Informal Transport Council
Optimising use of transport data
By Isabelle Smets | Wednesday 18 July 2012
Meeting for an informal Transport and Telecommunications Council in Nicosia, on 17 July, the member states acknowledged the need to make it easier to access and re-use transport data to develop innovative products and services, such as multimodal travel planners. The day before the meeting, Transport Commissioner Siim Kallas stressed the usefulness of “ensuring the availability, accessibility and exchange of all relevant information, such as schedules, capacity and routes” to make the best use of different modes of transport. Without adopting any concrete decisions – which is not the role of informal Councils – the ministers nevertheless expressed political will, as evidenced by the conclusions adopted at the outcome of the Nicosia meeting
The conclusions invite the European Commission to explore ways of improving access to and re-use of transport data. One of the major obstacles to multimodal planners is the insufficient availability of and difficult access to data held by transport operators. As an illustration of what can be done, in May 2011, the Commission adopted a technical regulation that imposes the standardisation of data on timetables and prices of rail travel in order to render interoperable the key elements of information needed for booking and ticketing. This was the first step towards developing multimodal journey planners. The states expressed support for this strategy at the informal Council.
Access to transport data must also ensure that passengers and carriers can obtain the information and services needed to optimise their journeys in real time, taking account of real traffic conditions or unforeseen events (eg a cloud of volcanic ash). All this makes up what is referred to as intelligent transport systems (ITS).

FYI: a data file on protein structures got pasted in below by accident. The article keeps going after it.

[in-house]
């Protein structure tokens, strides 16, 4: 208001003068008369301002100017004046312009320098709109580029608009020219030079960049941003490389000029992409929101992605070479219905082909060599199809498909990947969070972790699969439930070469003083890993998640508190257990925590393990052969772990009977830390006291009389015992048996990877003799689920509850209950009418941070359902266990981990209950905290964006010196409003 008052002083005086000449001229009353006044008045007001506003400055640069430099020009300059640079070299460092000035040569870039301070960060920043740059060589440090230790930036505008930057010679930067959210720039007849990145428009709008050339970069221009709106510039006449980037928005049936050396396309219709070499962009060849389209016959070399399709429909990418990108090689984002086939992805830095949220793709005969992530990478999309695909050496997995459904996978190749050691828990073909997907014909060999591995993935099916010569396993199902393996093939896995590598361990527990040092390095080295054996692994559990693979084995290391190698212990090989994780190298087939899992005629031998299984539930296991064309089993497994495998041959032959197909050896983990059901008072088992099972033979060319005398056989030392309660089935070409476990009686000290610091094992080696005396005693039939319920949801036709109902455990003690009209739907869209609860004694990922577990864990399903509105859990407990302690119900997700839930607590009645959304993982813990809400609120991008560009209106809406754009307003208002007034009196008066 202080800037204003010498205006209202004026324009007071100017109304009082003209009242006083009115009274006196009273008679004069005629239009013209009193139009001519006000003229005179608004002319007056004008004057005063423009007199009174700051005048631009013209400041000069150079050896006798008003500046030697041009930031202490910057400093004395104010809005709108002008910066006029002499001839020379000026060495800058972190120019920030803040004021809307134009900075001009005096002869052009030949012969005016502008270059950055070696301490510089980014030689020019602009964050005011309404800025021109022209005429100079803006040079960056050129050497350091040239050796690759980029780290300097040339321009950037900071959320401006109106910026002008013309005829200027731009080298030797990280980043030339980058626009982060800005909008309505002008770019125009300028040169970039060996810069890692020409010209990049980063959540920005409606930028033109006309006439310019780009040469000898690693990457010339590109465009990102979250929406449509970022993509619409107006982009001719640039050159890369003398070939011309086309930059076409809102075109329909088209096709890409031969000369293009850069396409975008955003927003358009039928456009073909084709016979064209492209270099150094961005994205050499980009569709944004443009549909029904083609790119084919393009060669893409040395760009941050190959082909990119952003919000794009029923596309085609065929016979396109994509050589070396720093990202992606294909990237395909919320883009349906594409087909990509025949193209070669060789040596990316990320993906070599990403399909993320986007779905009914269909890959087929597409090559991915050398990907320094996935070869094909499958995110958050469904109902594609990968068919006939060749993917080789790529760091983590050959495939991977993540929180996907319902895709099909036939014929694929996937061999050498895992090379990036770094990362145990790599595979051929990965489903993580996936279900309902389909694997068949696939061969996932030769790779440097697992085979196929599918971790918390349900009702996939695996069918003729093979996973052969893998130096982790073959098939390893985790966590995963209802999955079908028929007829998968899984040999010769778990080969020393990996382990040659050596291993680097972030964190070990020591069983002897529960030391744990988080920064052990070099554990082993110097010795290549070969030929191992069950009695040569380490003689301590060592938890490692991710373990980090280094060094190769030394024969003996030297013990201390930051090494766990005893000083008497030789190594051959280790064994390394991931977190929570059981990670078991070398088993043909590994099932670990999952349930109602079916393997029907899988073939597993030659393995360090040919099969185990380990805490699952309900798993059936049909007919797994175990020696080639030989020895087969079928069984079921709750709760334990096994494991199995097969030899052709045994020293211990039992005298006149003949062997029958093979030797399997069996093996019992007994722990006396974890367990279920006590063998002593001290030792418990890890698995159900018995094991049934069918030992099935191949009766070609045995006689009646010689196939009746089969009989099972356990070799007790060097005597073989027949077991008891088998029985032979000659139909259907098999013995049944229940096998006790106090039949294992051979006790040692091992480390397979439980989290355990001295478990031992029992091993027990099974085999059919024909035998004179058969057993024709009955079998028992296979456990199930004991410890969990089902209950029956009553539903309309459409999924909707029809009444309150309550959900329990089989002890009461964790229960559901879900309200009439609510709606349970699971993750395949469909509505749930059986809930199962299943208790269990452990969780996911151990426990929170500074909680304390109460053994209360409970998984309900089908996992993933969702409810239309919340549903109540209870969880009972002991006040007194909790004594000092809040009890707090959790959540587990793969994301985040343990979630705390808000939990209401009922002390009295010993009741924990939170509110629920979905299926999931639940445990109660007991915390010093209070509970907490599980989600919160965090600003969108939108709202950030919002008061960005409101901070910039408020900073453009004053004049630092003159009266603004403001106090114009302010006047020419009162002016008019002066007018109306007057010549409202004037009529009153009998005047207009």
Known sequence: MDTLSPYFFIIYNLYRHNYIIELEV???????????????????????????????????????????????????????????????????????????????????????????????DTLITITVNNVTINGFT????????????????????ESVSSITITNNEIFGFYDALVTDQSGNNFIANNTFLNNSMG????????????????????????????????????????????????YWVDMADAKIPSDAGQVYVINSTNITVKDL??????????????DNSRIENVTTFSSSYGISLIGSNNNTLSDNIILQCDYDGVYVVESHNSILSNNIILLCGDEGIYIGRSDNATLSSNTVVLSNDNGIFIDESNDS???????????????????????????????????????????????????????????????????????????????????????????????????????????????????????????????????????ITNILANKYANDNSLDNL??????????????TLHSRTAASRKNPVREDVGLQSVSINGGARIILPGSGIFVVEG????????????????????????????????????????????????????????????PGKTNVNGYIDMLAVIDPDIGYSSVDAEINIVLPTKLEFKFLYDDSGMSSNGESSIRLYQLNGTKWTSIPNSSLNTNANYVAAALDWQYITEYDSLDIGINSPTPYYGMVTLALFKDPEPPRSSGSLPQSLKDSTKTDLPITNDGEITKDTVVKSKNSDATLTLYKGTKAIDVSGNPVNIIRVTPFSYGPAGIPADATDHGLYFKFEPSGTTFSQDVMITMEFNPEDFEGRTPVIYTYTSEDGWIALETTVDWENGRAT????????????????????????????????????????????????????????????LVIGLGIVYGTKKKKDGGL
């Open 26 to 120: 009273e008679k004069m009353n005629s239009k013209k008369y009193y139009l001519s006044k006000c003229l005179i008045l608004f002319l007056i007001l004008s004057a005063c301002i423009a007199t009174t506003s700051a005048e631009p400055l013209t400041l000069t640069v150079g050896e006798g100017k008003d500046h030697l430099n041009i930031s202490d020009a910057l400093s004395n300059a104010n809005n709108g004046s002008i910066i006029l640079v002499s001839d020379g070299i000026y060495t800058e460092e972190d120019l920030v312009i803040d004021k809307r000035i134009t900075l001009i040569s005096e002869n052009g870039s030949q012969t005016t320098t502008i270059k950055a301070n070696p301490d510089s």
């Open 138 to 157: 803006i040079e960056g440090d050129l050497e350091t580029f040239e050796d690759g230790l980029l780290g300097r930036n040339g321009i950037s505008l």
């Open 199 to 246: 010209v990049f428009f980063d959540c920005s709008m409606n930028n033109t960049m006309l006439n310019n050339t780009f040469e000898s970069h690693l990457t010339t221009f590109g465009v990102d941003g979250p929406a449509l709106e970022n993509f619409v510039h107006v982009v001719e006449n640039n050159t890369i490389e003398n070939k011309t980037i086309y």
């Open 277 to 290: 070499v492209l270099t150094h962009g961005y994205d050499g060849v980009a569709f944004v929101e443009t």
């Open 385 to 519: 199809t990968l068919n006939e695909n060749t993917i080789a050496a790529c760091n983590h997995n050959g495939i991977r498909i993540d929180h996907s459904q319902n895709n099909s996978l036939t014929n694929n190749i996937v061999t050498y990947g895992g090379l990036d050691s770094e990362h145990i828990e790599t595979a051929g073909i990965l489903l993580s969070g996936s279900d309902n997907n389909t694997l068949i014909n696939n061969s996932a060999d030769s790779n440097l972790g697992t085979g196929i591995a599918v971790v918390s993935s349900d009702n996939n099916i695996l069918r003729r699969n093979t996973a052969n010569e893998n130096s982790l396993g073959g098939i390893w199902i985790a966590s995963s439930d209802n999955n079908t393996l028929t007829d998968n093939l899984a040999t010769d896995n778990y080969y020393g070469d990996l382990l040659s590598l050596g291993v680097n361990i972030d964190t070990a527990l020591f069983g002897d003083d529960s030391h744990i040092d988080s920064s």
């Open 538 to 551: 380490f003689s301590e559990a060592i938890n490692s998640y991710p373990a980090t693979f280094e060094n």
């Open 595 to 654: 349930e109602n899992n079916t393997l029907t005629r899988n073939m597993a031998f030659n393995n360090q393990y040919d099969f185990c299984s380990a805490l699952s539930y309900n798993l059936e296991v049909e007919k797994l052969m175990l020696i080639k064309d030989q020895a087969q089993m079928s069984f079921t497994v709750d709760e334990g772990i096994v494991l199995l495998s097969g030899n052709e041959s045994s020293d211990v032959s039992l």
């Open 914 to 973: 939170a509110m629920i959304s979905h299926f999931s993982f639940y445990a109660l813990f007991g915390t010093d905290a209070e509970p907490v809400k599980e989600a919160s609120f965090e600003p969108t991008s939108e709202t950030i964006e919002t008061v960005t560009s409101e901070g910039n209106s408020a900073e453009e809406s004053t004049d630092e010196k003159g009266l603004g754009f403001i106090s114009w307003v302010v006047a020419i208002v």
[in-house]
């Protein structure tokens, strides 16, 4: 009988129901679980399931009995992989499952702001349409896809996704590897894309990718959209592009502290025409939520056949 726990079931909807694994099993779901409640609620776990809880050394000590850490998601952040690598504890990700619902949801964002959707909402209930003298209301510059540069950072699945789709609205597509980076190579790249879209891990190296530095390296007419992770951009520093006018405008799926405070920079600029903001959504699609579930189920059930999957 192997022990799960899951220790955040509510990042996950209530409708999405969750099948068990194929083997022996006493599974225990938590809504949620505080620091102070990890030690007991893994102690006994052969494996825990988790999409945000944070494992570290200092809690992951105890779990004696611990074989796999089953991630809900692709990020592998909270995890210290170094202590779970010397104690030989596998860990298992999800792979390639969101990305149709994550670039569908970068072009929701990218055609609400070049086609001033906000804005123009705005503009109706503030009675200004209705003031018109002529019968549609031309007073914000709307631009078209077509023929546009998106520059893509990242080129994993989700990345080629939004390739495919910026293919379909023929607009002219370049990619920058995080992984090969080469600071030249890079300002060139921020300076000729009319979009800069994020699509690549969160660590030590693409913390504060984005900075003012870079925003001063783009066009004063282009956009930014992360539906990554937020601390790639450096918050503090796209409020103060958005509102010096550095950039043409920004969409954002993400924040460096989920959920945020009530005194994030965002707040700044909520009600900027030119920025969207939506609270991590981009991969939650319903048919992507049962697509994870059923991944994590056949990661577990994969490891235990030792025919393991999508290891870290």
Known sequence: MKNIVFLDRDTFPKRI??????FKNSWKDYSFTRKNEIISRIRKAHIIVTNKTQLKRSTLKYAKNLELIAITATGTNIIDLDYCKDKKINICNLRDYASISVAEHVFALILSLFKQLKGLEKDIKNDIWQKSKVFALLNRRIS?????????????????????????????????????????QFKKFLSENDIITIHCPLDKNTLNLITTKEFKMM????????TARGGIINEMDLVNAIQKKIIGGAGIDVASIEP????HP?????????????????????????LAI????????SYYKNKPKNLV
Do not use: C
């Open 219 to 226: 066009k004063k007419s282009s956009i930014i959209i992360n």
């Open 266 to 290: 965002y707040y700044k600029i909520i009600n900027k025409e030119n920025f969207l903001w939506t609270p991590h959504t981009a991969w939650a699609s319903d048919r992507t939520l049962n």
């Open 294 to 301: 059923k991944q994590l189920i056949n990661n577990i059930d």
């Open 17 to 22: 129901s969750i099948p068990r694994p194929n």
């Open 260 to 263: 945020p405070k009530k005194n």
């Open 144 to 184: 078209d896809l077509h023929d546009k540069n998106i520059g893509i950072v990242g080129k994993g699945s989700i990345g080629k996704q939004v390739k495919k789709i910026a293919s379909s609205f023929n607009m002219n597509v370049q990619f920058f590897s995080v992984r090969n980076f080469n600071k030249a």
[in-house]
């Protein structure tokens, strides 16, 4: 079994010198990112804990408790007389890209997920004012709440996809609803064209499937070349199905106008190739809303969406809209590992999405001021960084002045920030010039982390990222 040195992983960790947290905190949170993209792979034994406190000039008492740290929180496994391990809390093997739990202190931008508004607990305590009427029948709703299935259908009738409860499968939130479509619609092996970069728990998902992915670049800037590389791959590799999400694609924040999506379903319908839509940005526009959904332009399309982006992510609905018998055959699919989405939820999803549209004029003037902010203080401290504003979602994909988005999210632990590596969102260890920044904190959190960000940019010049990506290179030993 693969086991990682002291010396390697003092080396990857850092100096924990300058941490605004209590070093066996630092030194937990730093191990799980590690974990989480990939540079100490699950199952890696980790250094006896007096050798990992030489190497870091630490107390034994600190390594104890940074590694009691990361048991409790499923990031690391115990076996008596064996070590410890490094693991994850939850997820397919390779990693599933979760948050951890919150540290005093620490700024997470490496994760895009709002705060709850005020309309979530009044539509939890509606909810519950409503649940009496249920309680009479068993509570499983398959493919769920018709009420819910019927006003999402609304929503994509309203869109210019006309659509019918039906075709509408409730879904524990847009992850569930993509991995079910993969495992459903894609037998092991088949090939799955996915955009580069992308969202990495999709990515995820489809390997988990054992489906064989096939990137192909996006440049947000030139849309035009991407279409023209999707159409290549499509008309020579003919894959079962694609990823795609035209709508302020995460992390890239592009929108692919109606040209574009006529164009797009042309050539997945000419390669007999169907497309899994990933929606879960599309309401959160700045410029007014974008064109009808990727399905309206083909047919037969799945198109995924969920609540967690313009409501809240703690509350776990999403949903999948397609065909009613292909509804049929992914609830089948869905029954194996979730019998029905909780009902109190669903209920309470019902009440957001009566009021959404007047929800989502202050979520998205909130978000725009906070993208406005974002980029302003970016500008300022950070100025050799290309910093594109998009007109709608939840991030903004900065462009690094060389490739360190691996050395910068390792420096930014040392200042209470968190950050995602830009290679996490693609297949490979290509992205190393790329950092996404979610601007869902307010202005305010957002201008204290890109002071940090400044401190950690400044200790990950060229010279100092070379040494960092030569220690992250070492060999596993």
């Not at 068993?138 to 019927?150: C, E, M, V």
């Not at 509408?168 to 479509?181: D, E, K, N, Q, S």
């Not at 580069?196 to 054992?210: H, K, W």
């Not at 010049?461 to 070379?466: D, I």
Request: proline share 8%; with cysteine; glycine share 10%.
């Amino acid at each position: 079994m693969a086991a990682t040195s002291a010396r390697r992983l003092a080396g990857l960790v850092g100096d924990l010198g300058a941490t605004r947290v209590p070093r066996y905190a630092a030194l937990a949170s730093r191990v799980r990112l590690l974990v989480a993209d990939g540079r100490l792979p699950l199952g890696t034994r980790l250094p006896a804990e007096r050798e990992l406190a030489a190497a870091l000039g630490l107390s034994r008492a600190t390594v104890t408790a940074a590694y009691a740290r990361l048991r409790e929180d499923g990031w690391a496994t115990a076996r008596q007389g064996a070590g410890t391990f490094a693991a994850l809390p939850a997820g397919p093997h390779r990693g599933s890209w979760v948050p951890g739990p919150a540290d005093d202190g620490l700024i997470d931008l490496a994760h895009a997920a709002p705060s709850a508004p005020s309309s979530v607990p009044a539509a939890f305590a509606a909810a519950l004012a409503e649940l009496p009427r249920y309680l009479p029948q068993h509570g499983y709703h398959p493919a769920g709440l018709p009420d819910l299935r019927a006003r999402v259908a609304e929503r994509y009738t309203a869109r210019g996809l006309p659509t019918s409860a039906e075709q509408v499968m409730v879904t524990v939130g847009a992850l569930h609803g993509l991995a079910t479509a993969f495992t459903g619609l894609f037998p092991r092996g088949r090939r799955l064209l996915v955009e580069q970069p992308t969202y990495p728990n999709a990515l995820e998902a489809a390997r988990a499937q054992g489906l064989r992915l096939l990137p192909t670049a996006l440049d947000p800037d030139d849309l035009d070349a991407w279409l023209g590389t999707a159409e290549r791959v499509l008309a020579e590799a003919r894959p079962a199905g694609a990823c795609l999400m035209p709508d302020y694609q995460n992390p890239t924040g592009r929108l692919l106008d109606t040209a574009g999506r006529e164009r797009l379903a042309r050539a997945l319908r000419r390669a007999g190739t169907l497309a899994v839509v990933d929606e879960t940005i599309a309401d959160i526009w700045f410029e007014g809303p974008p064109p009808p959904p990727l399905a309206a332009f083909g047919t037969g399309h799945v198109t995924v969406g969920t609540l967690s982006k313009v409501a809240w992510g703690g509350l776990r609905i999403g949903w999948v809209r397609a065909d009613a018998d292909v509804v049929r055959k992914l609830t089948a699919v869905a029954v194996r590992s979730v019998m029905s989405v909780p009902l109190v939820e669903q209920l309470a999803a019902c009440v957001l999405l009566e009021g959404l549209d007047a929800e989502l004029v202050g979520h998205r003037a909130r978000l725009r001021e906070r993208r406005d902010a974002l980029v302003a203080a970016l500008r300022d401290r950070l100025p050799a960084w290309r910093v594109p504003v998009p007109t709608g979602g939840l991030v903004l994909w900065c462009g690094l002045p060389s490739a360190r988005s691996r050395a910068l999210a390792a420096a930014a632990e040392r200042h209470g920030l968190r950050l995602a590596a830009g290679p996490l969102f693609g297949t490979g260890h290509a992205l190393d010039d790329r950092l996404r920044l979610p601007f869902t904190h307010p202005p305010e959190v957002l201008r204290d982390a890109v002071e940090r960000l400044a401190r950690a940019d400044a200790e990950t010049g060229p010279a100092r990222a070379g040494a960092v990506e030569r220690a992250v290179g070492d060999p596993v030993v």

In Nicosia, the Commission announced its intention to present a schedule to support implementation of multimodal transport planning and information services and a road map for the deployment of ITS on the Trans-European Transport Network (TEN-T) and in European cities. The ministers acknowledged that the lack of financing is an obstacle to developing ITS and highlighted the need to provide sufficient resources for their deployment on the TEN-T via the future Connecting Europe Facility. Given member states’ unequal advances on ITS, the Commission was asked to promote exchanges of experience and best practice.
The informal Council conclusions will be presented to the ITS World Congress, to be held in Vienna, Austria, next October.(1) The document is available at
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